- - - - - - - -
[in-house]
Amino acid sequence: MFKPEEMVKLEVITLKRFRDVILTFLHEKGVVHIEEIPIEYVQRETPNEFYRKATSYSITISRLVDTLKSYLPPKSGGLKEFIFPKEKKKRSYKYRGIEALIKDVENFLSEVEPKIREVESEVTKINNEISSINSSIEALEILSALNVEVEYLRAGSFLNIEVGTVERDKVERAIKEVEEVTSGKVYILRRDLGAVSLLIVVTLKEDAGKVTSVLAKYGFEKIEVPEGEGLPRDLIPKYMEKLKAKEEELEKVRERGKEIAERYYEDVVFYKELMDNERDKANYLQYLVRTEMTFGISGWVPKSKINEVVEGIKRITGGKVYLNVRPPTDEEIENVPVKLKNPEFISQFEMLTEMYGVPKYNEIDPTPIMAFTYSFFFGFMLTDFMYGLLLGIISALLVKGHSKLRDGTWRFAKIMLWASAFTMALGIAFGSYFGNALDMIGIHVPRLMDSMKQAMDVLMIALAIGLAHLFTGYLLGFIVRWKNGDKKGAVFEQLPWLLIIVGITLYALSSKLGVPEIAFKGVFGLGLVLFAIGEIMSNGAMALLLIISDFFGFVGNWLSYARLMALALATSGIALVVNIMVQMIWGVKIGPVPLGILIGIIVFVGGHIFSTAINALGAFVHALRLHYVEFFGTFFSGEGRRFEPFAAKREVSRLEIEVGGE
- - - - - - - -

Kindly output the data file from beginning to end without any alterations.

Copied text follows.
[in-house]
Amino acid sequence: MFKPEEMVKLEVITLKRFRDVILTFLHEKGVVHIEEIPIEYVQRETPNEFYRKATSYSITISRLVDTLKSYLPPKSGGLKEFIFPKEKKKRSYKYRGIEALIKDVENFLSEVEPKIREVESEVTKINNEISSINSSIEALEILSALNVEVEYLRAGSFLNIEVGTVERDKVERAIKEVEEVTSGKVYILRRDLGAVSLLIVVTLKEDAGKVTSVLAKYGFEKIEVPEGEGLPRDLIPKYMEKLKAKEEELEKVRERGKEIAERYYEDVVFYKELMDNERDKANYLQYLVRTEMTFGISGWVPKSKINEVVEGIKRITGGKVYLNVRPPTDEEIENVPVKLKNPEFISQFEMLTEMYGVPKYNEIDPTPIMAFTYSFFFGFMLTDFMYGLLLGIISALLVKGHSKLRDGTWRFAKIMLWASAFTMALGIAFGSYFGNALDMIGIHVPRLMDSMKQAMDVLMIALAIGLAHLFTGYLLGFIVRWKNGDKKGAVFEQLPWLLIIVGITLYALSSKLGVPEIAFKGVFGLGLVLFAIGEIMSNGAMALLLIISDFFGFVGNWLSYARLMALALATSGIALVVNIMVQMIWGVKIGPVPLGILIGIIVFVGGHIFSTAINALGAFVHALRLHYVEFFGTFFSGEGRRFEPFAAKREVSRLEIEVGGE